ROCKINGHAM — The Ashley Chapel Community Center has come a long way from where it was, but it’s nowhere near where the “Chapeltown” leadership — as its affectionately known — want it to be.
Established in 1962, the center had become dilapidated over the years, and when its longtime president, John Patterson, passed in 2006, the community came together to keep it going until 2012 before shutting down. With renewed support, community leaders came together in 2016 to put together a 3-year plan to renovate the center and put it in position to grow into the future, with inspiration from the past.
But the renovations had to begin somewhere, and Willie Johnson and John Harrington took it upon themselves. Over the course of a year-and-a-half, the two — vice president and president of the organization, respectively — power-washed, painted, and otherwise repaired the “mess” the center was to bring it to a point of respectability that would allow it to be rented out. They funded the repairs through donations, member fees and out of their own pockets.
“We said, ‘We’re going to keep moving forward,’” Johnson said of the organization’s attitude at the time. “Blood, sweat and tears.”
Harrington said he said he saw “great opportunity” in the center beyond the substantial repairs that had to be done.
“When people saw work being done, others jumped in,” he said.
Ultimately, the organization wants the center to be a place where “youth and wisdom can meet under the same roof and embrace a learning environment” according to its vision statement. Phase one of the renovations, remodeling the upper level, is now nearly complete and the space was able to host a well-attended forum for county commissioner and school board candidates in May.
The lower level, though much better than it was prior to a clean-up effort in April, is still far from ready. It has classrooms that they want to use for GED training and space they want to use for a computer lab. They also hope to host movie nights and other youth events, all under the original Ashley Chapel Community Youth Organization banner which still hangs there.
Johnson said he had a dream of using the expansive land on which the center sits to host a fair, to have a pool — surrounded by beach sand — that would stretch the length of the building, a baseball field, tennis and basketball courts and new playground equipment. Lofty goals, “but it can happen,” Johnson said.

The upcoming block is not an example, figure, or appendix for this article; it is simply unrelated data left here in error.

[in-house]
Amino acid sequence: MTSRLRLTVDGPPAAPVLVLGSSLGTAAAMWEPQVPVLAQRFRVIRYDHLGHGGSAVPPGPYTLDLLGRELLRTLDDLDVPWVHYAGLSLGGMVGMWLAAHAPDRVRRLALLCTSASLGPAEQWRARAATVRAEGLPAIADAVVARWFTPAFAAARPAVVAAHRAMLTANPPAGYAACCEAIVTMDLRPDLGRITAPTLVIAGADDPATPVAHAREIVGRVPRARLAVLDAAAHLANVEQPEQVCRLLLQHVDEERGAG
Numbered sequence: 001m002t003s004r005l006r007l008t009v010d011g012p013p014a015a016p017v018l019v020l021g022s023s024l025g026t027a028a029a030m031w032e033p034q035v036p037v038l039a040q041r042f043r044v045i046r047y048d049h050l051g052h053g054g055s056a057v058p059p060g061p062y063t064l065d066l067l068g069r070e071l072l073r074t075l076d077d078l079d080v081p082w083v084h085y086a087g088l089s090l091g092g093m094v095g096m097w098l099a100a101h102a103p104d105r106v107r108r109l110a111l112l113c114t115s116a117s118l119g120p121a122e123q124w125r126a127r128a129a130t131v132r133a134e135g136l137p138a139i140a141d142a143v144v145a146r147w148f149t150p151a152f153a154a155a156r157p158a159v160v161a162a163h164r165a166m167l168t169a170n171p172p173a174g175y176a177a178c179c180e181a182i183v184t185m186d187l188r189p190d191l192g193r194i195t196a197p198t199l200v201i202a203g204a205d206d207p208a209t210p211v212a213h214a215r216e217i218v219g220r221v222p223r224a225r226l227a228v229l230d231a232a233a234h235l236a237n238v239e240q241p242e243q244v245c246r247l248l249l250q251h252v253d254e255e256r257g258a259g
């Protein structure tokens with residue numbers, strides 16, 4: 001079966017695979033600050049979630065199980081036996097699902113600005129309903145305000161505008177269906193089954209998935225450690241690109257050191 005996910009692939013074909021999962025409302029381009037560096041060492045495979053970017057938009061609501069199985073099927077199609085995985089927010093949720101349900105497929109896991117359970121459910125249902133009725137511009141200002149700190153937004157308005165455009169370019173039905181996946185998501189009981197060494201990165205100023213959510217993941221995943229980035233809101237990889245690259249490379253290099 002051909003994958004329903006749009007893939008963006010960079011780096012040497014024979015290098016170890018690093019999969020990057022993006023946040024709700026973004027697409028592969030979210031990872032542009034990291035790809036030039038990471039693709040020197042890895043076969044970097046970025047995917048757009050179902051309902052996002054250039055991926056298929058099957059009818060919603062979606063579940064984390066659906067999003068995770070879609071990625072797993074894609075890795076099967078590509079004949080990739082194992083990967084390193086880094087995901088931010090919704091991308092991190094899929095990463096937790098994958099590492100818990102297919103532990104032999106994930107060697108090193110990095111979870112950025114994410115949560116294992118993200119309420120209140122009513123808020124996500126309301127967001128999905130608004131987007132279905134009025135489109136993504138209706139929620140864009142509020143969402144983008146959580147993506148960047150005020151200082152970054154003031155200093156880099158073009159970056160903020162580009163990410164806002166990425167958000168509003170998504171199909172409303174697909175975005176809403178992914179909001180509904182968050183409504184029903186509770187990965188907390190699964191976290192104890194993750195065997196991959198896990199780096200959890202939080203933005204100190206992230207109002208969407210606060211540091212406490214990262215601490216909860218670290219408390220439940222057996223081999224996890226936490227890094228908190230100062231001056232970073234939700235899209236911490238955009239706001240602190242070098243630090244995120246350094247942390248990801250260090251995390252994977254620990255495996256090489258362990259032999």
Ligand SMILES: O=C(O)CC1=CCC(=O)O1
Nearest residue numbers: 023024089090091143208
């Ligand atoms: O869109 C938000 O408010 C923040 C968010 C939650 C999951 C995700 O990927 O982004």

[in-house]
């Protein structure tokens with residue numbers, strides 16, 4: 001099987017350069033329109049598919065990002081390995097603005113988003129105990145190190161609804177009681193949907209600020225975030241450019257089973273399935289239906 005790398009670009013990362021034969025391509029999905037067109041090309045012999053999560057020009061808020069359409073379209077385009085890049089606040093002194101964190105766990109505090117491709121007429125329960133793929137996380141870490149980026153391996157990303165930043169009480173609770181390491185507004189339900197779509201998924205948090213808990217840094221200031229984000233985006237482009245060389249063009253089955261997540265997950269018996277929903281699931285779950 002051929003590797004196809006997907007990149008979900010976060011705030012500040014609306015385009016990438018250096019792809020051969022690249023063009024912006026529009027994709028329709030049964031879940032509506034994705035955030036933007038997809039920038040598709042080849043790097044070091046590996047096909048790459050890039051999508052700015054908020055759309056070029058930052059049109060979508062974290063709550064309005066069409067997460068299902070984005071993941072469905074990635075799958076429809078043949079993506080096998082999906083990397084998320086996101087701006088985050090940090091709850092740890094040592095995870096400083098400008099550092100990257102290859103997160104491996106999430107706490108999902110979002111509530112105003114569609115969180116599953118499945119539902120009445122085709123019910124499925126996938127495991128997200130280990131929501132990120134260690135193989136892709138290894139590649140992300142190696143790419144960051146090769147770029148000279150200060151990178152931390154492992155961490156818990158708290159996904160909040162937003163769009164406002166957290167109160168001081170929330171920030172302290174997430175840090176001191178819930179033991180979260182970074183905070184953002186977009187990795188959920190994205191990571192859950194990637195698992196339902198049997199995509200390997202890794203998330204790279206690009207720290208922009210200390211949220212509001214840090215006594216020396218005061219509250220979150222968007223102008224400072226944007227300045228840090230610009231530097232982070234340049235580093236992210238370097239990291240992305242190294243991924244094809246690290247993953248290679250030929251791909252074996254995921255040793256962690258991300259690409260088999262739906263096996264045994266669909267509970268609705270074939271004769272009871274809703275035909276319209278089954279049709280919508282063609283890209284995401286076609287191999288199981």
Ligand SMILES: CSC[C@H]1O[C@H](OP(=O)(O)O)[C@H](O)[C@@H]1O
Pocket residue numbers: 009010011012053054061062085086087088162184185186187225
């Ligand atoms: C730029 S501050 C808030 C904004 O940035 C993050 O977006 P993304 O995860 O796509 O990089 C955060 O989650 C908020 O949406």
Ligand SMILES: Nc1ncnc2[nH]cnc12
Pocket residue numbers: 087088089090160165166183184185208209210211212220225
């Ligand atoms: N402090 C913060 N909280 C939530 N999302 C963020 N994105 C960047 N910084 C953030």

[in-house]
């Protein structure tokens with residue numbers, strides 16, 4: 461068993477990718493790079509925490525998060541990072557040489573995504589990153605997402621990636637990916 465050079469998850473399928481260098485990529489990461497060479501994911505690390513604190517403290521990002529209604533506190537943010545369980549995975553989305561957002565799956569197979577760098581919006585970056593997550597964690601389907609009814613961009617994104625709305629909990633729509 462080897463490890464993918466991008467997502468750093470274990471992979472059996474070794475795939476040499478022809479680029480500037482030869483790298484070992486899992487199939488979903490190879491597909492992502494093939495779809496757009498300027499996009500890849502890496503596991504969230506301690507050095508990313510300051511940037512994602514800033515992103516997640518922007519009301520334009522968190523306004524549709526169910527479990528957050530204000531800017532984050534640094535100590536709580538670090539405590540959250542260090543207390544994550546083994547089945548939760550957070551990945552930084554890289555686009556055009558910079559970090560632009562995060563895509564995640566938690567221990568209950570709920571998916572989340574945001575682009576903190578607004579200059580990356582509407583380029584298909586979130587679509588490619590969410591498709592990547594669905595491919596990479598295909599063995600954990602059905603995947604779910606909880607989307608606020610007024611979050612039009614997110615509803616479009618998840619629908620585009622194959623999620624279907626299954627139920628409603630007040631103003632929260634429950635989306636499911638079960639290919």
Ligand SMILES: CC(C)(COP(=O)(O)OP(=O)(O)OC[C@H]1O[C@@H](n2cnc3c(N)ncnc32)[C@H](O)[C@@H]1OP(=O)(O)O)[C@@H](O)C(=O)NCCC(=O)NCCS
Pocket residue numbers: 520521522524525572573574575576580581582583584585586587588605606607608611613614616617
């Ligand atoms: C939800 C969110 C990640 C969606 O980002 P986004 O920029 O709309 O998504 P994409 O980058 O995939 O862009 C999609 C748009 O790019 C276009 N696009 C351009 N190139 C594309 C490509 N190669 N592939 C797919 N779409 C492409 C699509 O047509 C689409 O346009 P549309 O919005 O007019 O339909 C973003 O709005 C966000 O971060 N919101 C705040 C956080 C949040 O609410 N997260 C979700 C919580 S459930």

With the revival of the Ashley Chapel Community Organization, which is in the process of applying for nonprofit status to help secure grant funding, its leaders were able to get its finances in order and secure $5,000 from the Richmond County Board of Commissioners last year. That money went to replace heating and air conditioning units which were stolen during the period the center was idle.
At the May meeting of the county board, Harrington, Johnson, and the chairman of the organization’s governing board, Richard “Nick” Nicholson, asked the county for $20,000 to $25,000 to complete the last two phases of their plan, hoping that they would at least match the previous year’s allotment, if not meet somewhere in the middle. But due to the county’s tight financial situation, the organization was only awarded $1,000 in this year’s budget.
The reduced funds — though still appreciated — has set their schedule back a few years.
“My heart hit the floor,” Johnson said. “It tore all our plans up, but it is what it is.”
Nicholson said the organization is working to show the county that it is a “viable entity” that is “producing a product that is going to be valuable to the community at large.”
“We’re trying to get our people to rededicate to our community,” Nicholson said. “We have the manpower but we don’t have the funds.”
He added that if the funding had gone through, they would likely be running after-school and senior programs right now. Their next meeting is the first Tuesday of July, where they will figure out the next steps to continue the carry out their plan.
“If we try to reach for the sky when we haven’t even been crawling, we won’t get anywhere,” Nicholson said. “We’re trying to reach the tree tops, once we reach that we’ll reach for the sky.”
Reach Gavin Stone at 910-817-2674 or [email protected]